Working Paper Series
Rich Manís War, Poor Manís Fight? Socioeconomic Representativeness in the Modern Military
() and Tino Sanandaji
Abstract: Historically, the American armed forces were
disproportionally drawn from lower socioeconomic backgrounds. A transition
toward a smaller and more selective military has changed this tendency.
Since the armed forces do not gather data on recruitsí family income,
previous studies relied on geographic data to proxy for economic
background. We improve on previous literature using individual-level data
from the National Longitudinal Survey of Youth 1997 and study population
representativeness in the years 1997Ė2011. We find that recruits score
higher than the civilian population on cognitive skill tests, and come from
households with above average median parental income and wealth. Moreover,
both the lowest and highest parental income categories are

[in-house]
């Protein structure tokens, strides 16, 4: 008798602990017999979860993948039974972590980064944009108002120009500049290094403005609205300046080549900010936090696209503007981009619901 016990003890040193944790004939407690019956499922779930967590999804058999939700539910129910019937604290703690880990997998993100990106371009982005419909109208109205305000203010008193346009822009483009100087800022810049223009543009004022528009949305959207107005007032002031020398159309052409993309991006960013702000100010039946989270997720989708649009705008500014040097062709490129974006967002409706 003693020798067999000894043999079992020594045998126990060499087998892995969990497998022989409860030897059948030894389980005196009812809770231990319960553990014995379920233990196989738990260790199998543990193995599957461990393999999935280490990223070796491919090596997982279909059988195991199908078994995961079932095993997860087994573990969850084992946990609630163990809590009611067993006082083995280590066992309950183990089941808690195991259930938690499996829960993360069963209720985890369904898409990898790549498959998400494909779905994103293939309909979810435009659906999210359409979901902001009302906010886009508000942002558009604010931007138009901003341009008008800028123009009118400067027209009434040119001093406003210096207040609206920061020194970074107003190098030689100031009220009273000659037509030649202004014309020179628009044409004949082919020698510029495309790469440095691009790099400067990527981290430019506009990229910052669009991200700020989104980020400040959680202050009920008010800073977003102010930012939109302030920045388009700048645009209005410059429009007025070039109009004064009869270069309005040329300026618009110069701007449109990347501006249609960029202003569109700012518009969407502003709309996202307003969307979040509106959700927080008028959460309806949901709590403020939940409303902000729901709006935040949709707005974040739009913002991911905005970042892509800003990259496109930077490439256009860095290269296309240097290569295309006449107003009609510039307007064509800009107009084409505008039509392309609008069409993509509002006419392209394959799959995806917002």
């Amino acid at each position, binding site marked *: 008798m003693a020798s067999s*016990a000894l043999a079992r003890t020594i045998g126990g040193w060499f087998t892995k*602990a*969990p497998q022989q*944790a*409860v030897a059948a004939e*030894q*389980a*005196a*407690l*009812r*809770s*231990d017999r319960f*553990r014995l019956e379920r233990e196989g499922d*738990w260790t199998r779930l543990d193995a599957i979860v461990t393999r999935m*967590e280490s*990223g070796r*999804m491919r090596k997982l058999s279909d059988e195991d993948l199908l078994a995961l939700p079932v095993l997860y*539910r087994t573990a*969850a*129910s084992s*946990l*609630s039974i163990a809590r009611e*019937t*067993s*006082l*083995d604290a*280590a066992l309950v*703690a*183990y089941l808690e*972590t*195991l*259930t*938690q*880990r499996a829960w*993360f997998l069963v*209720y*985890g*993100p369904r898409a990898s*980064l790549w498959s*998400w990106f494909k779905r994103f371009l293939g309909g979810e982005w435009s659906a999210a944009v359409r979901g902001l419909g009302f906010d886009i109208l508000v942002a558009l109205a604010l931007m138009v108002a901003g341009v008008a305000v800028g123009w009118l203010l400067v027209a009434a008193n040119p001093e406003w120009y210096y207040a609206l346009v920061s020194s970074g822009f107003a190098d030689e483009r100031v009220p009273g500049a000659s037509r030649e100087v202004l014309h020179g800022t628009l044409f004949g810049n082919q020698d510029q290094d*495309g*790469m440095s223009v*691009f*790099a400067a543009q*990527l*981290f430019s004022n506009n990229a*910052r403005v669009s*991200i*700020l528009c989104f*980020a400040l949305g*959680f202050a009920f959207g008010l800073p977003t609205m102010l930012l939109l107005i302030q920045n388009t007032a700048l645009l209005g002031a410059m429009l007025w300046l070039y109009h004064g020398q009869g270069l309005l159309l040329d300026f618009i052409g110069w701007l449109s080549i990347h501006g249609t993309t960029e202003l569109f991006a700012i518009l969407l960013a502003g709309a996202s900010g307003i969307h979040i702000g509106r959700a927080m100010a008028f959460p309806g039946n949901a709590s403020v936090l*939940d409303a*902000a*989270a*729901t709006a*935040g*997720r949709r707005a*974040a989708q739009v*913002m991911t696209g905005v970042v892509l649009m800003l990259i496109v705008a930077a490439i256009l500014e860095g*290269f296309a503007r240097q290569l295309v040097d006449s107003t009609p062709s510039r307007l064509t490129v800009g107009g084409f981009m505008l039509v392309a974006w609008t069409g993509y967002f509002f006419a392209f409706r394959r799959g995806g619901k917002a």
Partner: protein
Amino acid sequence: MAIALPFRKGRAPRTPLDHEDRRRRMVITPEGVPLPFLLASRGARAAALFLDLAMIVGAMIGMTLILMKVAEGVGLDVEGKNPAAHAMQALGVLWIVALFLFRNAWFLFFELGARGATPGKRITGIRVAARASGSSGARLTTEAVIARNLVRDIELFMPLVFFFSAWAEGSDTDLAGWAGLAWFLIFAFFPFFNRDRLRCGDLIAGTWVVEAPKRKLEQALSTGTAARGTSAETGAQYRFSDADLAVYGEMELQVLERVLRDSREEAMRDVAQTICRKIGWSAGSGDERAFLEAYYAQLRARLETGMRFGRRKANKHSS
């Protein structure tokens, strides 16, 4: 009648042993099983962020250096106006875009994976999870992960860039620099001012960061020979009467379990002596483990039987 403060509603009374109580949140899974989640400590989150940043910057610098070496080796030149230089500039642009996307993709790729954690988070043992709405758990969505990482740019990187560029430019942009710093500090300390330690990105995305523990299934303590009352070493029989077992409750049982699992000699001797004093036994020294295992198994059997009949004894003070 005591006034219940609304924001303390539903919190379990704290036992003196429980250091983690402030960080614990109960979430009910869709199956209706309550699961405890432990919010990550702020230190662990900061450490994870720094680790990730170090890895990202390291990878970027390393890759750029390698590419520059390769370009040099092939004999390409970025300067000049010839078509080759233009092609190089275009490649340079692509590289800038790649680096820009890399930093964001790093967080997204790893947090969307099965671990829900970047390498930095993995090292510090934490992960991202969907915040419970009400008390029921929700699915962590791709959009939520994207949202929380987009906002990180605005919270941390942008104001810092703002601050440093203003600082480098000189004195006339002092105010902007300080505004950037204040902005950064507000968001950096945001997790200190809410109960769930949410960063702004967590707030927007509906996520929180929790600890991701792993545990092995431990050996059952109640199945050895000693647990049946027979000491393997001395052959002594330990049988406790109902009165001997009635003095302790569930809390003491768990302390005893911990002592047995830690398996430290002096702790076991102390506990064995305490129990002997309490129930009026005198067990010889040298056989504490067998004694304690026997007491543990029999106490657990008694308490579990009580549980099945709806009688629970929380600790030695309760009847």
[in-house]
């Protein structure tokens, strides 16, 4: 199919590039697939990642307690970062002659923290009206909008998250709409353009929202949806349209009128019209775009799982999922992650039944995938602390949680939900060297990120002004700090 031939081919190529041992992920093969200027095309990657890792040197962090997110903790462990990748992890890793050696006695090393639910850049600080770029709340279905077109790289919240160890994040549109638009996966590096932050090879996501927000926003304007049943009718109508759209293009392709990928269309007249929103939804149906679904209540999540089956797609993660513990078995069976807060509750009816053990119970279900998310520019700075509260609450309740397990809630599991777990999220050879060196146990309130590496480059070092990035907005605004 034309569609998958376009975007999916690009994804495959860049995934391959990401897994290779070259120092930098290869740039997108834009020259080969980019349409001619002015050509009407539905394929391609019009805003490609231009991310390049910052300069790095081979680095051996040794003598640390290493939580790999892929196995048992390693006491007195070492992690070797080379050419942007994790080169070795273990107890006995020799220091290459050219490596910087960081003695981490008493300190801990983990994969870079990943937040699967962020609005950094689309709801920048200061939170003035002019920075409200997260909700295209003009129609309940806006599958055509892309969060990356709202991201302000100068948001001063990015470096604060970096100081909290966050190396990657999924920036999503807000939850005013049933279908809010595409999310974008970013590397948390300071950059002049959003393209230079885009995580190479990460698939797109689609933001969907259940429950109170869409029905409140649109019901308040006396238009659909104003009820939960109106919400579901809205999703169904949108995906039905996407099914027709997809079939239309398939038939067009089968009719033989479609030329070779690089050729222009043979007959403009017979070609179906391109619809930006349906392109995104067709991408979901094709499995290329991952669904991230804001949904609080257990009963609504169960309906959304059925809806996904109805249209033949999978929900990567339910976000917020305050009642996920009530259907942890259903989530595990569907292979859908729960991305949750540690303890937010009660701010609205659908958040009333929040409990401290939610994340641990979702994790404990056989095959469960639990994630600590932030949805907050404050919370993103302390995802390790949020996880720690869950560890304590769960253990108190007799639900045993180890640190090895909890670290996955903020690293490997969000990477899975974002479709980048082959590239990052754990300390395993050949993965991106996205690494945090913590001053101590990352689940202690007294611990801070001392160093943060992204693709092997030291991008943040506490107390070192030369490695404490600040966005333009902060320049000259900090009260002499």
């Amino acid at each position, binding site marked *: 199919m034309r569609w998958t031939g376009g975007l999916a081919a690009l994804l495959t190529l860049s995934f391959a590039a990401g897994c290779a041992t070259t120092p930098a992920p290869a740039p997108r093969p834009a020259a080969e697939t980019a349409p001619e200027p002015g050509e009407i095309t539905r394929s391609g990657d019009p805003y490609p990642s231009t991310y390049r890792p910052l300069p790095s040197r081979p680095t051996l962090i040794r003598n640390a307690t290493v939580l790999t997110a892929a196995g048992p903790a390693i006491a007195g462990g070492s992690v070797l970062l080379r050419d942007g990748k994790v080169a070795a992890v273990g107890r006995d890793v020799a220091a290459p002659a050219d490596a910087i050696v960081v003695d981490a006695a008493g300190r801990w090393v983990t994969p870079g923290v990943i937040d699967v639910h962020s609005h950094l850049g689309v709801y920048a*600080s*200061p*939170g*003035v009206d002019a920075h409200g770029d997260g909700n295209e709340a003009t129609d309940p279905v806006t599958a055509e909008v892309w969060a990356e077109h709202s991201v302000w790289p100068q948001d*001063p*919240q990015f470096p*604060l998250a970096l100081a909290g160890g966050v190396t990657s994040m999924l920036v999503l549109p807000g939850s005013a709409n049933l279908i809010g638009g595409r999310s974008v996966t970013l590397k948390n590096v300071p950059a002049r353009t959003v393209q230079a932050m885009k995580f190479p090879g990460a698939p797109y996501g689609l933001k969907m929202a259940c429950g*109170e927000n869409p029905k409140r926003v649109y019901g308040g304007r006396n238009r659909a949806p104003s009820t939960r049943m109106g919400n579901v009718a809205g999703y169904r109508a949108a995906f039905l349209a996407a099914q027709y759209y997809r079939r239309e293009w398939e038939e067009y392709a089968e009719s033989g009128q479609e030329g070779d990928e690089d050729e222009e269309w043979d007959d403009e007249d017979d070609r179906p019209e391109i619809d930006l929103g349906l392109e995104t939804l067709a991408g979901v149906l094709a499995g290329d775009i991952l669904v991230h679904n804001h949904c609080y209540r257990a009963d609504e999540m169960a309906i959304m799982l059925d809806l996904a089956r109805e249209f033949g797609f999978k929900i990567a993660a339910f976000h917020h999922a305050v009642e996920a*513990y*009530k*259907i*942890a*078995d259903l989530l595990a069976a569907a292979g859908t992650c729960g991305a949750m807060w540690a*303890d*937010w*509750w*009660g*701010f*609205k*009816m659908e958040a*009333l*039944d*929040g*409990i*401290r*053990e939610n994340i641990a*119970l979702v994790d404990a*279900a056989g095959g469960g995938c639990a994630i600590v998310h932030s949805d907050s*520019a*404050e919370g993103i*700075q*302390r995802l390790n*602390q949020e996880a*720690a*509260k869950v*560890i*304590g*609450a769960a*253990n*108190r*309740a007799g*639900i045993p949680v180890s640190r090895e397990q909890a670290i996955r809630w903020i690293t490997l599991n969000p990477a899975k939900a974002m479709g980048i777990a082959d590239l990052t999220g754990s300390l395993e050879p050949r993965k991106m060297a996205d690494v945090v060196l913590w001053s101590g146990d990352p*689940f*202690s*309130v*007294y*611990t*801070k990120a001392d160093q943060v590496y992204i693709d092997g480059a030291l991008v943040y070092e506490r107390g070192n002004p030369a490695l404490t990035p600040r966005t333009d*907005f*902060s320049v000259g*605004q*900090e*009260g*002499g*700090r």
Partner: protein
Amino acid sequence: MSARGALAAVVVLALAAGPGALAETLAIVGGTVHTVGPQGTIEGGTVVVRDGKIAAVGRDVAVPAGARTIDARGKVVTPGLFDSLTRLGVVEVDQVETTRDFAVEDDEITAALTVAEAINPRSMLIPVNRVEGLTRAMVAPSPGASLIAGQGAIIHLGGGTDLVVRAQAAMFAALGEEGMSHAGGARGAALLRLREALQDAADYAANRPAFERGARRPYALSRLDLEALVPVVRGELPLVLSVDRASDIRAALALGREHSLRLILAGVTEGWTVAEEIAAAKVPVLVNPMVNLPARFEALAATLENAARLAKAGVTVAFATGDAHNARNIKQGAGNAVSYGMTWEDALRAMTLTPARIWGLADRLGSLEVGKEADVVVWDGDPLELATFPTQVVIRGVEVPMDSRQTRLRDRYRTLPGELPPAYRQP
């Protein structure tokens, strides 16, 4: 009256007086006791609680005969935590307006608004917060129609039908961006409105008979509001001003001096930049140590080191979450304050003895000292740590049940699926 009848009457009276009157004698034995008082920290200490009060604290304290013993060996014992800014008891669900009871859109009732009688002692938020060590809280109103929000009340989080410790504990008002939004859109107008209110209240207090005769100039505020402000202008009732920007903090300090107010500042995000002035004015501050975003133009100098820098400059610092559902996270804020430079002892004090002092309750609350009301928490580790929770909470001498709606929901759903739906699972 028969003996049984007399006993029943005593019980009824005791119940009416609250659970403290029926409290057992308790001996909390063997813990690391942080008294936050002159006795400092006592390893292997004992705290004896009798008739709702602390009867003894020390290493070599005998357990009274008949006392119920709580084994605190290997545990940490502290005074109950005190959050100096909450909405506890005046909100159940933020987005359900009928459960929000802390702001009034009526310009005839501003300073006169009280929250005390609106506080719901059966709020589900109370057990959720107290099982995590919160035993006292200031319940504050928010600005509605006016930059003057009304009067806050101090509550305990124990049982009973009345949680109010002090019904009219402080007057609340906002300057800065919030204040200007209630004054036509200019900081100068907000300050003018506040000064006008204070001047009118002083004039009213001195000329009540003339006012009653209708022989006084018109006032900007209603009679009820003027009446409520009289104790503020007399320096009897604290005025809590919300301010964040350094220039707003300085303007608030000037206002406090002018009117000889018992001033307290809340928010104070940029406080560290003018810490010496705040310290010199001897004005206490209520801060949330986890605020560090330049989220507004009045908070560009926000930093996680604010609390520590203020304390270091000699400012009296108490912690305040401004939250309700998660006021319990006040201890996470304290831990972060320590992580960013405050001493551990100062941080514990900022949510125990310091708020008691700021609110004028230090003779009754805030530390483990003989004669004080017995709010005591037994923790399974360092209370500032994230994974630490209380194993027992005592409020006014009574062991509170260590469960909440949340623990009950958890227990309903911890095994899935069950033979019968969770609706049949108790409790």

under-represented. Higher skill test scores increase enlistment rates from
lower- and middle-income families while decreasing them for high income
families. The over-representation of minorities in the military has
declined in recent decades. Non-Hispanic White casualties are now
over-represented in Iraq and Afghanistan.
Keywords: Military service; Occupational choice; Human capital; (follow links to similar papers)
JEL-Codes: H41; J18; J24; (follow links to similar papers)
41 pages, May 27, 2013, Revised December 16, 2014
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